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Nostalgia takes off at Fairchild reunion

November 07, 2004|BY PEPPER BALLARD

pepperb@herald-mail.com

HAGERSTOWN - As hundreds filtered through Faith Chapel in downtown Hagerstown Saturday to reminisce over yellowed photographs of A-10s and Fairchild Aircraft Manufacturing Corp. memorabilia, one of the workers' reunion's many impromptu exhibits, former riveter Mary Trumpower contentedly watched from her wheelchair.

Trumpower, 91, who was next to a Rosie the Riveter exhibit, worked for Fairchild between 1942 and 1953. Although Trumpower admitted she wasn't the best riveter (laughing, she said she barely knew how to piece the parts together), she said Fairchild, where she met her husband and former lead man, Harold Trumpower, brings back some of her fondest memories.

That same nostalgia brewed for some other former Fairchild workers Saturday. Following an A-10 flight demonstration at Hagerstown Regional Airport, workers and interested community members lined up for popcorn at the church and former theater to see screenings of local filmmaker John P. Seburn's documentary, "Hagerstown - Remembering Our Aviation Heritage," which follows the community's relationship with Fairchild, a company founded in 1926.

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In 1984, the 713th A-10 Thunderbolt II, nicknamed the Warthog, rolled off the production line in Hagerstown, marking the last airplane made in Maryland. The factory closed that year and was turned into an industrial park. Fairchild left the aircraft business in 1987 and later was sold to Banner Industries, which changed its name to The Fairchild Corp. Now based in McLean, Va., The Fairchild Corp. deals in protective clothing and accessories for motorcyclists and aerospace parts distribution.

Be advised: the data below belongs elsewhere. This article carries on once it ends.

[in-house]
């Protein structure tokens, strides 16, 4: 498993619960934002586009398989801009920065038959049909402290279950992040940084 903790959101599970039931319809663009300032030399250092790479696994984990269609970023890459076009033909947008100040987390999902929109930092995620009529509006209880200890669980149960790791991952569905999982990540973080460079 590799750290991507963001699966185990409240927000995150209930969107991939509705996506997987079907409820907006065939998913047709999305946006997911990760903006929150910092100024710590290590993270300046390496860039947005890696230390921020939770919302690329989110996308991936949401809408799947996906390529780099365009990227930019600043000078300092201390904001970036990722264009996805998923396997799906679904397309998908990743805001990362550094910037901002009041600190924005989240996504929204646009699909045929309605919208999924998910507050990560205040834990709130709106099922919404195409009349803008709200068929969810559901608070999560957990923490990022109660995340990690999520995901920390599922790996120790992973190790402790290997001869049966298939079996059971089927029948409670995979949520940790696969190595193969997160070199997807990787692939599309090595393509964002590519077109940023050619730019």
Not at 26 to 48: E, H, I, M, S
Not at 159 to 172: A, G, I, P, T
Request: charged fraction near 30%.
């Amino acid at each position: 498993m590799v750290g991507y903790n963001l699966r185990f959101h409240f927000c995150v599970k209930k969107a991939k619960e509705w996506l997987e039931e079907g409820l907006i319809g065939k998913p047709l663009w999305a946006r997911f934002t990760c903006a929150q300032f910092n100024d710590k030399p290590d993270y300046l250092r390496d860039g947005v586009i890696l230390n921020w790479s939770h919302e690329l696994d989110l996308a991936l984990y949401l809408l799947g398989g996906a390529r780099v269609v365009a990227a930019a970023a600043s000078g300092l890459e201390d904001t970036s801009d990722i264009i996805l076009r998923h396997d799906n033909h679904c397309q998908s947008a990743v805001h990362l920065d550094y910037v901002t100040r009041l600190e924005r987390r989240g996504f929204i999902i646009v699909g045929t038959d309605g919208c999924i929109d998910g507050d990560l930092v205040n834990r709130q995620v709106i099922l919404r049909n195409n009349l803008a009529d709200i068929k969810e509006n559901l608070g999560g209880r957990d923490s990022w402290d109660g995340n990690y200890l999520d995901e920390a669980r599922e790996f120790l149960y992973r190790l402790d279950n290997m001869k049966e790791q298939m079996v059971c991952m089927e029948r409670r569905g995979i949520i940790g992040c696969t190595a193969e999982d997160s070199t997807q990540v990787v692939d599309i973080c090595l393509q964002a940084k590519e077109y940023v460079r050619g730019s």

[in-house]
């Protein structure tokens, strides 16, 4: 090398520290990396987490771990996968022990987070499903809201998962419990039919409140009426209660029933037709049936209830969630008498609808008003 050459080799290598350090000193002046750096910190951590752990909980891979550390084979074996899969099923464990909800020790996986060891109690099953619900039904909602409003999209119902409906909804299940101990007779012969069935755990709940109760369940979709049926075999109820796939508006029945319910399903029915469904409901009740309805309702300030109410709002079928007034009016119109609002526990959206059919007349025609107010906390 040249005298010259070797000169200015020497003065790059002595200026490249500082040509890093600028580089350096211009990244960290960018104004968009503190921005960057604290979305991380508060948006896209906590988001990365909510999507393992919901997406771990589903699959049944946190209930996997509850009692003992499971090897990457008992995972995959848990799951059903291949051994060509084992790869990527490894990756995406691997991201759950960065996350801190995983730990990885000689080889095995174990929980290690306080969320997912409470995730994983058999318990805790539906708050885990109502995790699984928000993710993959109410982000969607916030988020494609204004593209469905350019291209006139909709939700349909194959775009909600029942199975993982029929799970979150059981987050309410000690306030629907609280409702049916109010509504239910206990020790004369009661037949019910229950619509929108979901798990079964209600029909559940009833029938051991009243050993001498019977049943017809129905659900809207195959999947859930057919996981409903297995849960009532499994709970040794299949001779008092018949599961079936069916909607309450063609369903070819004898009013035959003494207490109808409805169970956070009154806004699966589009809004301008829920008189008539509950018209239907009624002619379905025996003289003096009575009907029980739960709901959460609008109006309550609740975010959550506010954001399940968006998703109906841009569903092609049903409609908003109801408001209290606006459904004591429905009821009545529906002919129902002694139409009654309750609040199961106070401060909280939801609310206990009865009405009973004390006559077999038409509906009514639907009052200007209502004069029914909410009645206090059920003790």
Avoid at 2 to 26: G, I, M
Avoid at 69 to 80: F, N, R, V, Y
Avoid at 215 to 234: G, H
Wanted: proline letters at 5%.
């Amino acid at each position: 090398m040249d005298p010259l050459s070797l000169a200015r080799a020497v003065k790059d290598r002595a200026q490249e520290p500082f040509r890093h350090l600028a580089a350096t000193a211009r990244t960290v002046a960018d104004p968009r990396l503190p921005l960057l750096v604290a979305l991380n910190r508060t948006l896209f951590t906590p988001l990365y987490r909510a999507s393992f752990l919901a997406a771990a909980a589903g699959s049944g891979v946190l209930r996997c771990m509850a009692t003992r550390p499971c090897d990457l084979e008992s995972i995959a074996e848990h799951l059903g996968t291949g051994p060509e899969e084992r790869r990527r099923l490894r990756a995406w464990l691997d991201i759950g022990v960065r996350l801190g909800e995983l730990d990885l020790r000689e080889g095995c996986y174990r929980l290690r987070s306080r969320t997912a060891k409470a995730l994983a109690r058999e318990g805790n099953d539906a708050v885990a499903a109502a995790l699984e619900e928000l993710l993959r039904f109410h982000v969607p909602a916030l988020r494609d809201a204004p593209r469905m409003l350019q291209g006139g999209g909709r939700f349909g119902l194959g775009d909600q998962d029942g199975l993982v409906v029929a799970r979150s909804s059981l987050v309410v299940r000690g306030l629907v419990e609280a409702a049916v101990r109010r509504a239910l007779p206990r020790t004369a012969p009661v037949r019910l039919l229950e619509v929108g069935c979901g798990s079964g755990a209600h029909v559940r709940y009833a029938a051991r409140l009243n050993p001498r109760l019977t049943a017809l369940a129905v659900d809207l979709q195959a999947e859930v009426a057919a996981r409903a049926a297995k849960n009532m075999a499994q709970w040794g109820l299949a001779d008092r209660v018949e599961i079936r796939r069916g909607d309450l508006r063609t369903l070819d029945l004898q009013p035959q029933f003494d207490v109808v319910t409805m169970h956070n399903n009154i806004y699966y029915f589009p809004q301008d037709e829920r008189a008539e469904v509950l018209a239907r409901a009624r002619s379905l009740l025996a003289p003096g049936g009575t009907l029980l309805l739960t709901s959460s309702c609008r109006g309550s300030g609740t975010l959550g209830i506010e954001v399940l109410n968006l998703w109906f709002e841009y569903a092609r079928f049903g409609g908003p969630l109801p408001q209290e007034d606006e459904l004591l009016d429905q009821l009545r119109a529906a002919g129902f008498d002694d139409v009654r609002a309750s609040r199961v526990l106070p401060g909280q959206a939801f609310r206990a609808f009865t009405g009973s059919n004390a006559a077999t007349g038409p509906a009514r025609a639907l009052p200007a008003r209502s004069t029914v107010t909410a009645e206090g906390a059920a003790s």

James Martinez, who was a chief test pilot for A-10s at Fairchild, said, "It's just great to see some of the old faces."

Martinez, 69, of Chambersburg, Pa., said he worked for Fairchild from 1970 to 1987, at a time when about 12 A-10 planes were made a month. Martinez said he was proud to see A-10s make way in The Gulf War.

Capt. "Tex" Lesho, an active duty U.S. Air Force pilot, commended former workers Saturday for their work in making A-10s - "the only plane I wanted to fly," he said. Lesho said that A-10s have been projected to last until 2028. He said that there are about 300 A-10s left.

The church's packed audience gave Lesho a standing ovation.

Besides the A-10, a plane designed to attack and disable tanks, the Hagerstown plant produced the F-24, the PT-19 Trainer, the C-82 Packet and the C-119 Flying Boxcar, Seburn said.

Kurtis Meyers, writer for the documentary, said that there were 10,000 employees at Fairchild at its peak in the early 1950s.

It was around that time that Trumpower remembers bringing her future husband candy to try to win him over. Around that time, Edward Kendall, 71, a structural designer, remembers cigar smoke and cigarette smoke filling design rooms and a canary who was used to test the air.

Handshakes and hearty laughs were given and heard throughout the lobby as old friends exchanged old stories.

Dick Fisher, 84, of Greencastle, Pa., said he relished the event Saturday, which brought back "a lot of memories."

"We didn't make much money, but we sure had a lot of fun," he said.

The Associated Press contributed to this story.

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